Link to Learning
Visit this website to learn more about how babies lose the ability to discriminate among all possible human phonemes as they age.
After the first few months of life, babies enter what is known as the babbling stage, during which time they tend to produce single syllables that are repeated over and over. As time passes, more variations appear in the syllables that they produce. During this time, it is unlikely that the babies are trying to communicate; they are just as likely to babble when they are alone as when they are with their caregivers (Fernández & Cairns, 2011). Interestingly, babies who are raised in environments in which sign language is used will also begin to show babbling in the gestures of their hands during this stage (Petitto, Holowka, Sergio, Levy, & Ostry, 2004).
Generally, a child’s first word is uttered sometime between the ages of 1 year to 18 months, and for the next few months, the child will remain in the “one word” stage of language development. During this time, children know a number of words, but they only produce one-word utterances. The child’s early vocabulary is limited to familiar objects or events, often nouns. Although children in this stage only make one-word utterances, these words often carry larger meaning (Fernández & Cairns, 2011). So, for example, a child saying “cookie” could be identifying a cookie or asking for a cookie.
As a child’s lexicon grows, she begins to utter simple sentences and to acquire new vocabulary at a very rapid pace. In addition, children begin to demonstrate a clear understanding of the specific rules that apply to their language(s). Even the mistakes that children sometimes make provide evidence of just how much they understand about those rules. This is sometimes seen in the form of overgeneralization. In this context, overgeneralization refers to an extension of a language rule to an exception to the rule. For example, in English, it is usually the case that an “s” is added to the end of a word to indicate plurality. For example, we speak of one dog versus two dogs. Young children will overgeneralize this rule to cases that are exceptions to the “add an s to the end of the word” rule and say things like “those two gooses” or “three mouses.” Clearly, the rules of the language are understood, even if the exceptions to the rules are still being learned (Moskowitz, 1978).
Language and Thought
When we speak one language, we agree that words are representations of ideas, people, places, and events. The given language that children learn is connected to their culture and surroundings. But can words themselves shape the way we think about things? Psychologists have long investigated the question of whether language shapes thoughts and actions, or whether our thoughts and beliefs shape our language. Two researchers, Edward Sapir and Benjamin Lee Whorf, began this investigation in the 1940s. They wanted to understand how the language habits of a community encourage members of that community to interpret language in a particular manner (Sapir, 1941/1964). Sapir and Whorf proposed that language determines thought, suggesting, for example, that a person whose community language did not have past-tense verbs would be challenged to think about the past (Whorf, 1956). Researchers have since identified this view as too absolute, pointing out a lack of empiricism behind what Sapir and Whorf proposed (Abler, 2013; Boroditsky, 2011; van Troyer, 1994). Today, psychologists continue to study and debate the relationship between language and thought.
What Do You Think?
The Meaning of Language
Think about what you know of other languages; perhaps you even speak multiple languages. Imagine for a moment that your closest friend fluently speaks more than one language. Do you think that friend thinks differently, depending on which language is being spoken? You may know a few words that are not translatable from their original language into English. For example, the Portuguese word saudade originated during the 15th century, when Portuguese sailors left home to explore the seas and travel to Africa or Asia. Those left behind described the emptiness and fondness they felt as saudade (Figure 7.7). The word came to express many meanings, including loss, nostalgia, yearning, warm memories, and hope. There is no single word in English that includes all of those emotions in a single description. Do words such as saudade indicate that different languages produce different patterns of thought in people? What do you think??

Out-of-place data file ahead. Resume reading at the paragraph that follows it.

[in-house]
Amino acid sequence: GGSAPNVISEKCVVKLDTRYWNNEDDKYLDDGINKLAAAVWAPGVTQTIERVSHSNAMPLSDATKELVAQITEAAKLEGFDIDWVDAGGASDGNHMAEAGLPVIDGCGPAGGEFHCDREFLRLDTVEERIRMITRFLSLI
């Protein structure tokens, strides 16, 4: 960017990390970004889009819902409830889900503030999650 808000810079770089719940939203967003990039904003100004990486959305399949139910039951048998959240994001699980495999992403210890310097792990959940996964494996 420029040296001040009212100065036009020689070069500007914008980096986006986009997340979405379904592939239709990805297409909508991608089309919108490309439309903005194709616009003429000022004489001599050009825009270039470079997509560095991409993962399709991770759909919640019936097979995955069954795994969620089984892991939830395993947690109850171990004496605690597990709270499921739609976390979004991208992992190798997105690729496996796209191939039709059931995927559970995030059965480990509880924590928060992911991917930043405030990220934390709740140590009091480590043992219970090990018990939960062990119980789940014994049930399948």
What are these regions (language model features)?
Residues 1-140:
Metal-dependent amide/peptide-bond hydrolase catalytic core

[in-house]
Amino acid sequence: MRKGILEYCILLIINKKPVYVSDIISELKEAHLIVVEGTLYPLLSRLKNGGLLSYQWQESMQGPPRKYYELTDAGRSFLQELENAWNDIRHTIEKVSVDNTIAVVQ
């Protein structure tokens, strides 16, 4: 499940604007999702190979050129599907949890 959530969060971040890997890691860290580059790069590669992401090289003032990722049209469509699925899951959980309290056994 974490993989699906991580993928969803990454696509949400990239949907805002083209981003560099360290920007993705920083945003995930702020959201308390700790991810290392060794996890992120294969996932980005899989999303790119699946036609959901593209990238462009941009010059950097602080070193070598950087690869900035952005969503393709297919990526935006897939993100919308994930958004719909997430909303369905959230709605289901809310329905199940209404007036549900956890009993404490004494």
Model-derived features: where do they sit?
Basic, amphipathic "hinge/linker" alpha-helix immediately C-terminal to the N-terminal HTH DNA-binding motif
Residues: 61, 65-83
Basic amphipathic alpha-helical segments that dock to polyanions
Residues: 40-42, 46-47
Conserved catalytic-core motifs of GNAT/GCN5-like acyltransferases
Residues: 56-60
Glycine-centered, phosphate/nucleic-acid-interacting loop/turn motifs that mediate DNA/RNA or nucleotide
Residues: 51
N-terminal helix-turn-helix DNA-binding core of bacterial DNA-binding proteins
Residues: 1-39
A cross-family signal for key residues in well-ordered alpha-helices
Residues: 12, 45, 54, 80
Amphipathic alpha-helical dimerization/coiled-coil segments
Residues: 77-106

Language may indeed influence the way that we think, an idea known as linguistic determinism. One recent demonstration of this phenomenon involved differences in the way that English and Mandarin Chinese speakers talk and think about time. English speakers tend to talk about time using terms that describe changes along a horizontal dimension, for example, saying something like “I’m running behind schedule” or “Don’t get ahead of yourself.” While Mandarin Chinese speakers also describe time in horizontal terms, it is not uncommon to also use terms associated with a vertical arrangement. For example, the past might be described as being “up” and the future as being “down.” It turns out that these differences in language translate into differences in performance on cognitive tests designed to measure how quickly an individual can recognize temporal relationships. Specifically, when given a series of tasks with vertical priming, Mandarin Chinese speakers were faster at recognizing temporal relationships between months. Indeed, Boroditsky (2001) sees these results as suggesting that “habits in language encourage habits in thought” (p. 12).
One group of researchers who wanted to investigate how language influences thought compared how English speakers and the Dani people of Papua New Guinea think and speak about color. The Dani have two words for color: one word for light and one word for dark. In contrast, the English language has 11 color words. Researchers hypothesized that the number of color terms could limit the ways that the Dani people conceptualized color. However, the Dani were able to distinguish colors with the same ability as English speakers, despite having fewer words at their disposal (Berlin & Kay, 1969). A recent review of research aimed at determining how language might affect something like color perception suggests that language can influence perceptual phenomena, especially in the left hemisphere of the brain. You may recall from earlier chapters that the left hemisphere is associated with language for most people. However, the right (less linguistic hemisphere) of the brain is less affected by linguistic influences on perception (Regier & Kay, 2009)